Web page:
Risa
Feb 23, 2009 rated it it was amazing
i start reading this & then i stop becuase it creates an unbearable urge to walk. I think this is the consumate book for the walker/thinker/synesthesia (sp?) stricken saunterer.
Ken-ichi
Sep 28, 2019 rated it really liked it
Shelves: snoot, history
I managed to read fifteen pages of this book on several occasions without gaining enough momentum to continue, and now, having read it with ever-growing enthusiasm, I wonder what my problem was and how many other great things I've omitted for want of the least speck of commitment. If you have a little commitment to spare and you, like me, have ever been warned about the dangers of walking and reading at the same time, you should probably give this one a try.

Some Things

p. 5 "doing nothing is hard
...more
PhebeAnn
Dec 29, 2019 rated it it was ok
2.5 stars. I just didnt find this book as interesting as I thought I would. It is an extended meditation on walking as a mode of transportation, spiritual practice, protest, artistic form, athletic activity, measures of social status and more. I liked the *idea* of this book. I love to walk and I had romantic visions of myself listening to this book on audiobook while walking, which I did. Its written competently enough (is verbosely) and there were parts of it I really enjoyed (debates within ...more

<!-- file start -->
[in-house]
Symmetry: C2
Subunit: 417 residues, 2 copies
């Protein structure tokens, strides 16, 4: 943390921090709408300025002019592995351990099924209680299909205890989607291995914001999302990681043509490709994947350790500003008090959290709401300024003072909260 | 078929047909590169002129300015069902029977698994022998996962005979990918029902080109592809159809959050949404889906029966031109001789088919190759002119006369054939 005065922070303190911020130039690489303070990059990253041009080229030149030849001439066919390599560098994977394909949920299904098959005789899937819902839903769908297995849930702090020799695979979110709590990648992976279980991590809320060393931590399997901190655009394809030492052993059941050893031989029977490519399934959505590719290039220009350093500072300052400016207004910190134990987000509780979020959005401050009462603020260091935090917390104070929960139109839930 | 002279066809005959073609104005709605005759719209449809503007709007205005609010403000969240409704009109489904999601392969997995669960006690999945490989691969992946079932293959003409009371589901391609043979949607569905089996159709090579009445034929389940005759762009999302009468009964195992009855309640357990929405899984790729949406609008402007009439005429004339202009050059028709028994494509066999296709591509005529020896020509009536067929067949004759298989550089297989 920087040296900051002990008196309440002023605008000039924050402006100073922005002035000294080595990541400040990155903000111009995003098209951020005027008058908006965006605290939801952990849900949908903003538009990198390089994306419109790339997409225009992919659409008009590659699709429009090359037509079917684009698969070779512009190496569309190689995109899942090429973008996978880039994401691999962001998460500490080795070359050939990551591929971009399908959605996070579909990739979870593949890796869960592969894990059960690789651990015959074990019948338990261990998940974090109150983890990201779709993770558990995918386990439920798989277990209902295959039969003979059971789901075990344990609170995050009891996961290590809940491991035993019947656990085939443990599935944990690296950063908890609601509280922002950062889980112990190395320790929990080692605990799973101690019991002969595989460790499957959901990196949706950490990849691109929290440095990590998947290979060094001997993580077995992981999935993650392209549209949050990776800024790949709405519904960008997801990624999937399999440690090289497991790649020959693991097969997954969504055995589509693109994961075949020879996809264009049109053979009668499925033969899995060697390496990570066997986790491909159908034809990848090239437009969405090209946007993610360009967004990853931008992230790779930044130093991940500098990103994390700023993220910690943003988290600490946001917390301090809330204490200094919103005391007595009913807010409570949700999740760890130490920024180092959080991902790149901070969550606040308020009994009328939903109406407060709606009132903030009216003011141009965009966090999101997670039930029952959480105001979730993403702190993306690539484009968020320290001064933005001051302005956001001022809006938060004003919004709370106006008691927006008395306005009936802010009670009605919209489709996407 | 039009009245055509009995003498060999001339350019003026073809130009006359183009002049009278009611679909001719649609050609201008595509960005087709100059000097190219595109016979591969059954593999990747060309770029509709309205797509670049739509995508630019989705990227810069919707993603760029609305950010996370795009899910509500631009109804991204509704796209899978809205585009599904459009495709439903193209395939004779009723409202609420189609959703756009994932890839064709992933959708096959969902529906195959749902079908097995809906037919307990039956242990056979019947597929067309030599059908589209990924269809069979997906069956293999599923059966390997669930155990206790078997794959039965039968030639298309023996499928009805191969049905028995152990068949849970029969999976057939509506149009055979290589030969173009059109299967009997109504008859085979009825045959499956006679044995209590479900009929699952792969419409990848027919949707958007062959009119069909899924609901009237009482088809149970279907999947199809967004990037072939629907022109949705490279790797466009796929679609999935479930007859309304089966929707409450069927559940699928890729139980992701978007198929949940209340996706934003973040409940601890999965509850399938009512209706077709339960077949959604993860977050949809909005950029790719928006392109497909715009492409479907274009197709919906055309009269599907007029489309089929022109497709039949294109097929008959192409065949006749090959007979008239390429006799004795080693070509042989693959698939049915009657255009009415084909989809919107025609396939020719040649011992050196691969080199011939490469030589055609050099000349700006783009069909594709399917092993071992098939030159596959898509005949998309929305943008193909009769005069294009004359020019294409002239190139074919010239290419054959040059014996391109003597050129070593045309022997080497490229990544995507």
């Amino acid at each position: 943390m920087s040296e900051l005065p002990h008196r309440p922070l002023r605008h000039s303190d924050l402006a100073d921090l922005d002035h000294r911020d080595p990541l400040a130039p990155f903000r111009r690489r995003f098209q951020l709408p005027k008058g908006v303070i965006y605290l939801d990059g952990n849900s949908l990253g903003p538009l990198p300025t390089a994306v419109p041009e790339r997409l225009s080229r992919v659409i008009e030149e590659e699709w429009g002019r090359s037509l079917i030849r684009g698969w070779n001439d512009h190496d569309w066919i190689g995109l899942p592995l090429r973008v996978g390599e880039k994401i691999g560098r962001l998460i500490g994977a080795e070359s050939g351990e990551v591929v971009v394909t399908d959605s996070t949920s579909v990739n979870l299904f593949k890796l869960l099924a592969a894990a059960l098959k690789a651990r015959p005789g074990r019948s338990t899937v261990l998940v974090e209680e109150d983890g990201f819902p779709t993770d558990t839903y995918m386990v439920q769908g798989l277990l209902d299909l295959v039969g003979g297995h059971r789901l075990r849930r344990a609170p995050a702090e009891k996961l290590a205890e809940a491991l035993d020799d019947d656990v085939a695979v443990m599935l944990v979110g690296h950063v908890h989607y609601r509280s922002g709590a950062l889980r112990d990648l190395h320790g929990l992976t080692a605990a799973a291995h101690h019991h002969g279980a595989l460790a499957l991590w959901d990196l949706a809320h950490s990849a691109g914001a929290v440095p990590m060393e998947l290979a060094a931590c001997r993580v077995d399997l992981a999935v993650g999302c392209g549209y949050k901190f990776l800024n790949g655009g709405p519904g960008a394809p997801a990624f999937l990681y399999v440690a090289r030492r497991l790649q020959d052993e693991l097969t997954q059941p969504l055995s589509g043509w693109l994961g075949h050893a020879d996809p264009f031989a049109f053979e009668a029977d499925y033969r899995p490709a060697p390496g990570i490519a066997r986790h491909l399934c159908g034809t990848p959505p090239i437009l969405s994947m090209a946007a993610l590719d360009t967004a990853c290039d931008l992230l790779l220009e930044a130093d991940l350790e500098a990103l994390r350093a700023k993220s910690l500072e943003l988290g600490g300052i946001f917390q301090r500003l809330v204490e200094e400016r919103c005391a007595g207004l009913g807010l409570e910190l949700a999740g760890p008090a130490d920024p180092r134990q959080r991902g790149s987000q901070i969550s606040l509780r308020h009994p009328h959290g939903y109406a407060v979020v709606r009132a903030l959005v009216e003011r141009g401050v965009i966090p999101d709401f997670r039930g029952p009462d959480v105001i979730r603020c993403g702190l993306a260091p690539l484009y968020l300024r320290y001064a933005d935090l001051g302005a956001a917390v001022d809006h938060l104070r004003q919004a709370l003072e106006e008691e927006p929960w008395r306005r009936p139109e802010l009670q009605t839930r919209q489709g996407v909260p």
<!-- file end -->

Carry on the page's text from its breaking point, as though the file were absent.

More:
Robert
Apr 23, 2019 rated it it was amazing
History of the conceptualization, idea, & geography of walking. Begins with early modern walking, "rambling" , promenading, pacing, & strolling. Discusses spiritual, political, practical, & even artistic aspects of walking. This is a book I should have read 20 years ago when it first came out, especially the discussions of the political roles of walking or marching & about the modern view of walking's "obsolescence", & the modern city planning decisions that flowed from that ...more
Andrew
As someone who takes every opportunity to walk, in part as a way to keep fit and as something I find makes me more meditative, I was very surprised to learn that so much could be said about it. But in "Wanderlust: A History of Walking" the author, Rebecca Solnit talks it in relation to the development of early human ancestors, politics, protest and civil disobedience, social status and much more. It has also given the author an opportunity to cover topics which she is very much interested in.

She
...more
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Writer, historian, and activist Rebecca Solnit is the author of more than twenty books on feminism, western and indigenous history, popular power, social change and insurrection, wandering  and walking, hope and disaster, including  Call Them By Their True Names (Winner of the 2018 Kirkus Prize for Nonfiction),  Cinderella Liberator,  Men Explain Things to Me, The Mother of All Questions,  and ...more